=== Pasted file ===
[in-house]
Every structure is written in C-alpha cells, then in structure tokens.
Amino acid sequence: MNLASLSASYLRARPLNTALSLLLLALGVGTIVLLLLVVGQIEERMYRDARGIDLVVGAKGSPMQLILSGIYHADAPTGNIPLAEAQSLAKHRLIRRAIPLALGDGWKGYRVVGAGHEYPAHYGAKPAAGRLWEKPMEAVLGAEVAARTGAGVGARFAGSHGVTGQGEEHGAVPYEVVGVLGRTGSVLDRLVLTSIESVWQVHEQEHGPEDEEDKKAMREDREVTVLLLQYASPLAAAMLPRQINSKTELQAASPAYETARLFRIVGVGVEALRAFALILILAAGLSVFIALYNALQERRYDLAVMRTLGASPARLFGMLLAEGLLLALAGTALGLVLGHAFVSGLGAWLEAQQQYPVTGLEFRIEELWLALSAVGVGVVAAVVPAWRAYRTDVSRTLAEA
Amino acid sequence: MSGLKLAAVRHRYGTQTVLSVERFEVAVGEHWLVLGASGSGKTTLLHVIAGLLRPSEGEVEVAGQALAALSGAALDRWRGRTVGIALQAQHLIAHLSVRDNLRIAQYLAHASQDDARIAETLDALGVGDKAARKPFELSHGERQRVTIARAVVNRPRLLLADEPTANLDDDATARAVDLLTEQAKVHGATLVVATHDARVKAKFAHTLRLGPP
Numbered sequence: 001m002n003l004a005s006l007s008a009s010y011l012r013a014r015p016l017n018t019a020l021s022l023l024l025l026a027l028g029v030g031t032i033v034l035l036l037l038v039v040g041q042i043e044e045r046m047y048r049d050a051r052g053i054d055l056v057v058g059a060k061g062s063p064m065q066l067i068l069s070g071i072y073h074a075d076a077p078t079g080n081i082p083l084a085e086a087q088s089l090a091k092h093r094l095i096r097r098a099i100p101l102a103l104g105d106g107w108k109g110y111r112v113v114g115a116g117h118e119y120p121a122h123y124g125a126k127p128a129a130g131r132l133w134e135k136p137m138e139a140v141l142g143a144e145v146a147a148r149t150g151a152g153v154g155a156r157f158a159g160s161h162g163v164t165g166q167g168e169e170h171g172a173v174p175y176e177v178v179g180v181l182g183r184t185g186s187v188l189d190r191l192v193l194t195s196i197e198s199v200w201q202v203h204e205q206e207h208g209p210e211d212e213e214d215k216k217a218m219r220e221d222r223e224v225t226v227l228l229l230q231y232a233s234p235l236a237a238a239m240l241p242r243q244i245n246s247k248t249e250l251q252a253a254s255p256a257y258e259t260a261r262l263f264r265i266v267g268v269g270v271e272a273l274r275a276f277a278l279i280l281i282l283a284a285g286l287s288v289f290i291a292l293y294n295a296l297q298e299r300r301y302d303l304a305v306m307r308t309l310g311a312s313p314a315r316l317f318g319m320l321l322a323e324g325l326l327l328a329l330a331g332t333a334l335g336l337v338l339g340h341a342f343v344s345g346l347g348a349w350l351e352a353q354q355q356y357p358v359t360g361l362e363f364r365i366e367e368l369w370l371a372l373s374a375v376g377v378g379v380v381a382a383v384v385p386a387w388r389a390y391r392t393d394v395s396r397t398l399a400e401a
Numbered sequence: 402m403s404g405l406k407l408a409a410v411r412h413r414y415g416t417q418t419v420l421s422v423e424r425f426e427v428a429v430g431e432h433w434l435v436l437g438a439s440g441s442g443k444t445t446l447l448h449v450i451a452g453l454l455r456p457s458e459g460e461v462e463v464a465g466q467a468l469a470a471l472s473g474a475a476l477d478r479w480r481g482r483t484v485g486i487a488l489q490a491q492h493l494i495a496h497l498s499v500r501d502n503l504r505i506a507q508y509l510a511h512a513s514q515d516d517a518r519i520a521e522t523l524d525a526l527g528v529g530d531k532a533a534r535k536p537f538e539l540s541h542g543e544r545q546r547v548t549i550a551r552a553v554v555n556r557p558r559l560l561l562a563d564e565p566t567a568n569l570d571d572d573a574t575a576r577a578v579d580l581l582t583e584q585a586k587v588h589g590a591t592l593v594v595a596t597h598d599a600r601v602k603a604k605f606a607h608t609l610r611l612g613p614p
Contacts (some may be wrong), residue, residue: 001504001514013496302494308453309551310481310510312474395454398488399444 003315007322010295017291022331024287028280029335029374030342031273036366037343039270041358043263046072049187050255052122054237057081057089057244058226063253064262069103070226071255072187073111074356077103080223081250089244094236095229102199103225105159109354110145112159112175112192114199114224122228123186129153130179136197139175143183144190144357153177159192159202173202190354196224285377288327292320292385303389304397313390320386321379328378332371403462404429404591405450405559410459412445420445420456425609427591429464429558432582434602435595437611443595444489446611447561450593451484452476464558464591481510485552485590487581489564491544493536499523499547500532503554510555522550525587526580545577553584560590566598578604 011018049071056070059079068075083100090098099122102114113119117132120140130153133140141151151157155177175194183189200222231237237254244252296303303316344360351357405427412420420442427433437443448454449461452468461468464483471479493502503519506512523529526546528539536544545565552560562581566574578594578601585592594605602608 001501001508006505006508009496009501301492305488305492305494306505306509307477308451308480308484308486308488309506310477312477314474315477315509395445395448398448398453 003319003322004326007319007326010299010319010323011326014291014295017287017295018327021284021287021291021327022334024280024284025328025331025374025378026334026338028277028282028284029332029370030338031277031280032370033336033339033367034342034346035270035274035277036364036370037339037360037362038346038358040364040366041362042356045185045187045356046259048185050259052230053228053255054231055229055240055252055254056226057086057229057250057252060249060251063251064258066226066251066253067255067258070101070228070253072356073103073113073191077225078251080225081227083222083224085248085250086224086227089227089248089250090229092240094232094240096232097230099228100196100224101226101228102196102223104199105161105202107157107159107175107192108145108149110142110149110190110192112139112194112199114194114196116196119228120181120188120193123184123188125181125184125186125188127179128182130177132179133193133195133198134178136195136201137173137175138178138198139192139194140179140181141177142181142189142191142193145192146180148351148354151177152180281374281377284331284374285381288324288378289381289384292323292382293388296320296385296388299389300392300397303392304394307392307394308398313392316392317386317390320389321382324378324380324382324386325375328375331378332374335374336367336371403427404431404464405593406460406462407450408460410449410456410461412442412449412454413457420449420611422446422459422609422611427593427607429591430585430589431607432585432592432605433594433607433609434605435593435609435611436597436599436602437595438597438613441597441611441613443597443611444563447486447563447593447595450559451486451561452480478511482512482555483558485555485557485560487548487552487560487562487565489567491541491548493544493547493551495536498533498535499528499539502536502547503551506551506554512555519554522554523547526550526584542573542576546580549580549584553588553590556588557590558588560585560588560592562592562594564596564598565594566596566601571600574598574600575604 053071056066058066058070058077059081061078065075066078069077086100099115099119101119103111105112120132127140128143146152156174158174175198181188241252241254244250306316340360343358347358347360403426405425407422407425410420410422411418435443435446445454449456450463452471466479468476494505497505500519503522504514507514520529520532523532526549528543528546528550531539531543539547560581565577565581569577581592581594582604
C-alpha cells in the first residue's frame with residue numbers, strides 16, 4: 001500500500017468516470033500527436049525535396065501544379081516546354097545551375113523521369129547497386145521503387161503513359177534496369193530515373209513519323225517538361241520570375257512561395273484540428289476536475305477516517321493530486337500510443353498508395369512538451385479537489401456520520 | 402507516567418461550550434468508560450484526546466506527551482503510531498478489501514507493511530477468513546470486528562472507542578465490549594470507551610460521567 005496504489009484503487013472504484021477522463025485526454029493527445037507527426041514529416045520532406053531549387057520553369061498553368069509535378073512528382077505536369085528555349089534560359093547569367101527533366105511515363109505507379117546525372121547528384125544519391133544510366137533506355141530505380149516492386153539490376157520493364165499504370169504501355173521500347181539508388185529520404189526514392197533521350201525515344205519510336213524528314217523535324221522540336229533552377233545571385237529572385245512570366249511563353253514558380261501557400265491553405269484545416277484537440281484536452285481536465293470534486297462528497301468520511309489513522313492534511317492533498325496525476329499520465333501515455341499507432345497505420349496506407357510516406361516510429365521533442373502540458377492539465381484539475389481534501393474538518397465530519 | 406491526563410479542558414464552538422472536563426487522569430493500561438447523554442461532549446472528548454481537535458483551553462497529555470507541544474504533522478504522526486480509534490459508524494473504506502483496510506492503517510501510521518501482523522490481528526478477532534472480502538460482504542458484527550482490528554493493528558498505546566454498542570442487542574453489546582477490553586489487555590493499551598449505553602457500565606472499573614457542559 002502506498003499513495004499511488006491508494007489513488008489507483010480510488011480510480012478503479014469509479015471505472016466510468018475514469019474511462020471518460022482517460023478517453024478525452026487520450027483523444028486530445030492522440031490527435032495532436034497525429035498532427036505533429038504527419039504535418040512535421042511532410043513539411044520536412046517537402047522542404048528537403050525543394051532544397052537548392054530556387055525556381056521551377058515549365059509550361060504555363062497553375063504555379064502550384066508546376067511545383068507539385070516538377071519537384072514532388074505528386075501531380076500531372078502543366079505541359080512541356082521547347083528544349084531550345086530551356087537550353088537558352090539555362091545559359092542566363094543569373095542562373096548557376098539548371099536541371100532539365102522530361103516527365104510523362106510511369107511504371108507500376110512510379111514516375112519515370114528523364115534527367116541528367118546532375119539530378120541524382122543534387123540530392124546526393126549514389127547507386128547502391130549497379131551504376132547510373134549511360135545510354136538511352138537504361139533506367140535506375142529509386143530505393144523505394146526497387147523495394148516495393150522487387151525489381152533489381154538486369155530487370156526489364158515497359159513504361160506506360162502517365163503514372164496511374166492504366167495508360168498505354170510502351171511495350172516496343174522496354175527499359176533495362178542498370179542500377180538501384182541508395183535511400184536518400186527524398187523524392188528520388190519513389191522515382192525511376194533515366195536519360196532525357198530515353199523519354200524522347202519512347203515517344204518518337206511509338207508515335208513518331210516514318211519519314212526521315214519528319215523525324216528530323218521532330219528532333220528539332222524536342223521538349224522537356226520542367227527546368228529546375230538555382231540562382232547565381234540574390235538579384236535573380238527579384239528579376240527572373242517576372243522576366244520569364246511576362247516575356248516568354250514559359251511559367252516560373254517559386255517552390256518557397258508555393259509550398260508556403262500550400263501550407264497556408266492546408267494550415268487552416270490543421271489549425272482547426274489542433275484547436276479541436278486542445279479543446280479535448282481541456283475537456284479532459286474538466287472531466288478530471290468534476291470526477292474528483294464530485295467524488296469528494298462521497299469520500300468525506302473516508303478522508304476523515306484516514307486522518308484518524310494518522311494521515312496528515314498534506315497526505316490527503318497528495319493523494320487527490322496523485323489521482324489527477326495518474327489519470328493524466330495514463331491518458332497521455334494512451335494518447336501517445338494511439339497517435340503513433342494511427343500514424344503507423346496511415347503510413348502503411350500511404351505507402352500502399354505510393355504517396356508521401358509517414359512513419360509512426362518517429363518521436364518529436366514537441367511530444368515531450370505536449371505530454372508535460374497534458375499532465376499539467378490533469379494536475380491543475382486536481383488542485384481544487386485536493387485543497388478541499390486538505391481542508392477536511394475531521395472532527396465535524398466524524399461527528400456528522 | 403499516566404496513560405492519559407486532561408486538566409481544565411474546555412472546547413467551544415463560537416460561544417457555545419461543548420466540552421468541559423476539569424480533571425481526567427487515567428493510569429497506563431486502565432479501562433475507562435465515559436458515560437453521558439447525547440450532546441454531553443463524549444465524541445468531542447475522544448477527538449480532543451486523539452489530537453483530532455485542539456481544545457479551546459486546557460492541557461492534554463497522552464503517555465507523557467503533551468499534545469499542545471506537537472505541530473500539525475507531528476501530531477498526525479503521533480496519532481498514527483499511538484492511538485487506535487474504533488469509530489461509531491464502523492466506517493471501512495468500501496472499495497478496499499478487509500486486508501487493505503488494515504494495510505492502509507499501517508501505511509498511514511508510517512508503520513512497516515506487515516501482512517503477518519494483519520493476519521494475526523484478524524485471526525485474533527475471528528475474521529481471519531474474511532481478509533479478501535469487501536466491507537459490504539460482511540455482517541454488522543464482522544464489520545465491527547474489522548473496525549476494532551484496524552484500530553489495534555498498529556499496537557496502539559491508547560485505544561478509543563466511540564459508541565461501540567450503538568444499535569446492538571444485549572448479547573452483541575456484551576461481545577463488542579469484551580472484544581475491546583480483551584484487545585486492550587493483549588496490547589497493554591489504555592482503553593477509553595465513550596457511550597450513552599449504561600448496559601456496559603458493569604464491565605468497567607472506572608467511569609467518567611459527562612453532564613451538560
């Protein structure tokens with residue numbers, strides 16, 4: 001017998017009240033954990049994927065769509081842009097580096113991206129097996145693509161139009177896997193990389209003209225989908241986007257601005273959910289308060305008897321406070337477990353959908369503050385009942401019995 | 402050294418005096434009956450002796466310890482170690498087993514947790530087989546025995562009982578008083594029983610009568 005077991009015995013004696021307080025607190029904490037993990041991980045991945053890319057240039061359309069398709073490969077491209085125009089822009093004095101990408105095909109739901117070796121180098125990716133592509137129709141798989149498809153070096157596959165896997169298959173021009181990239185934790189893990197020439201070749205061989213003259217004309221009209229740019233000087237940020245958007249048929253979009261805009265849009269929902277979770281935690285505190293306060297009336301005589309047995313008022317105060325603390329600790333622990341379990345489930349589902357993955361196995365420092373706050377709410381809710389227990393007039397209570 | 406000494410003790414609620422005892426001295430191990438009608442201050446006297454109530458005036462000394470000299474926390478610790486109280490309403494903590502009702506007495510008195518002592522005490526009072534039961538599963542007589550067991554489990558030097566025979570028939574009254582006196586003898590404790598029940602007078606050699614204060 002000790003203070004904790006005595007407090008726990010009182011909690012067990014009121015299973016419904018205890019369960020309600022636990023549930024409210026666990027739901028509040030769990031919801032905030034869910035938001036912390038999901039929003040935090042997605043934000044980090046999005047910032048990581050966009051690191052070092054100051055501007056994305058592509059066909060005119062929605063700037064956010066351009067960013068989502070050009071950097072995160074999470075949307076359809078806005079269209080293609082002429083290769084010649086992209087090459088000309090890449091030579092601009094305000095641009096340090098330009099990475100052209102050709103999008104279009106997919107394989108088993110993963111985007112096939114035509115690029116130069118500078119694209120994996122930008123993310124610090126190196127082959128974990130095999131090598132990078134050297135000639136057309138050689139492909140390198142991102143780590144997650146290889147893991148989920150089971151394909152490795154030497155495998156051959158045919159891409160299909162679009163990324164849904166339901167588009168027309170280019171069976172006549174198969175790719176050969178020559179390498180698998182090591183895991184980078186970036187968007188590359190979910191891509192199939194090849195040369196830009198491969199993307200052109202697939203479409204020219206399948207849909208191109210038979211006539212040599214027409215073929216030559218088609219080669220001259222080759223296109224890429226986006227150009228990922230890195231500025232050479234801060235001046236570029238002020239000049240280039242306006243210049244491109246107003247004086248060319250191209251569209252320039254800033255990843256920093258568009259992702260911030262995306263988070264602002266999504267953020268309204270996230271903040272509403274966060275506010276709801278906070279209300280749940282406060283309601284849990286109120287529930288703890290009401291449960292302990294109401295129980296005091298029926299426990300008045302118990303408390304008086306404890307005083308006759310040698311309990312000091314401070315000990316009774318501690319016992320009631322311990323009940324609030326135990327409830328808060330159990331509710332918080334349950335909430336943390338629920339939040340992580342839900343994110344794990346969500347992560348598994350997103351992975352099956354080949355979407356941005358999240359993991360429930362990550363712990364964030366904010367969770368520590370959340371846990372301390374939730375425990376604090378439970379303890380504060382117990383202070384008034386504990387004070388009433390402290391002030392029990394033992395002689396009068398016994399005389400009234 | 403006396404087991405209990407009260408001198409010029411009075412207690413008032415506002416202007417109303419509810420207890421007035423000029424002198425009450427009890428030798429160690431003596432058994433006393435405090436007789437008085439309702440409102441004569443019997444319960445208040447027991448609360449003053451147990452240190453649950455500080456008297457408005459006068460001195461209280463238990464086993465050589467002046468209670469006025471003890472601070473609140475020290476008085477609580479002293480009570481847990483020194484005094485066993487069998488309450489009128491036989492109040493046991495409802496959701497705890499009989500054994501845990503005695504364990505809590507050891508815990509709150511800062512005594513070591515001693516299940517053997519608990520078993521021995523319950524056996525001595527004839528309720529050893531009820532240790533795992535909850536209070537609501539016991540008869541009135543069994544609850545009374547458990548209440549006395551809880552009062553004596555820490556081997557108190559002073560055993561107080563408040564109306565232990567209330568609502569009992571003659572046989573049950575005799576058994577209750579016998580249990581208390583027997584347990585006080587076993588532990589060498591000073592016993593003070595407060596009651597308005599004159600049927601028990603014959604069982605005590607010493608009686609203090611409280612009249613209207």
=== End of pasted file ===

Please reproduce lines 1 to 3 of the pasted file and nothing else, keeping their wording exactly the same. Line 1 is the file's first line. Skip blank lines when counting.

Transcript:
[in-house]
Every structure is written in C-alpha cells, then in structure tokens.
Amino acid sequence: MNLASLSASYLRARPLNTALSLLLLALGVGTIVLLLLVVGQIEERMYRDARGIDLVVGAKGSPMQLILSGIYHADAPTGNIPLAEAQSLAKHRLIRRAIPLALGDGWKGYRVVGAGHEYPAHYGAKPAAGRLWEKPMEAVLGAEVAARTGAGVGARFAGSHGVTGQGEEHGAVPYEVVGVLGRTGSVLDRLVLTSIESVWQVHEQEHGPEDEEDKKAMREDREVTVLLLQYASPLAAAMLPRQINSKTELQAASPAYETARLFRIVGVGVEALRAFALILILAAGLSVFIALYNALQERRYDLAVMRTLGASPARLFGMLLAEGLLLALAGTALGLVLGHAFVSGLGAWLEAQQQYPVTGLEFRIEELWLALSAVGVGVVAAVVPAWRAYRTDVSRTLAEA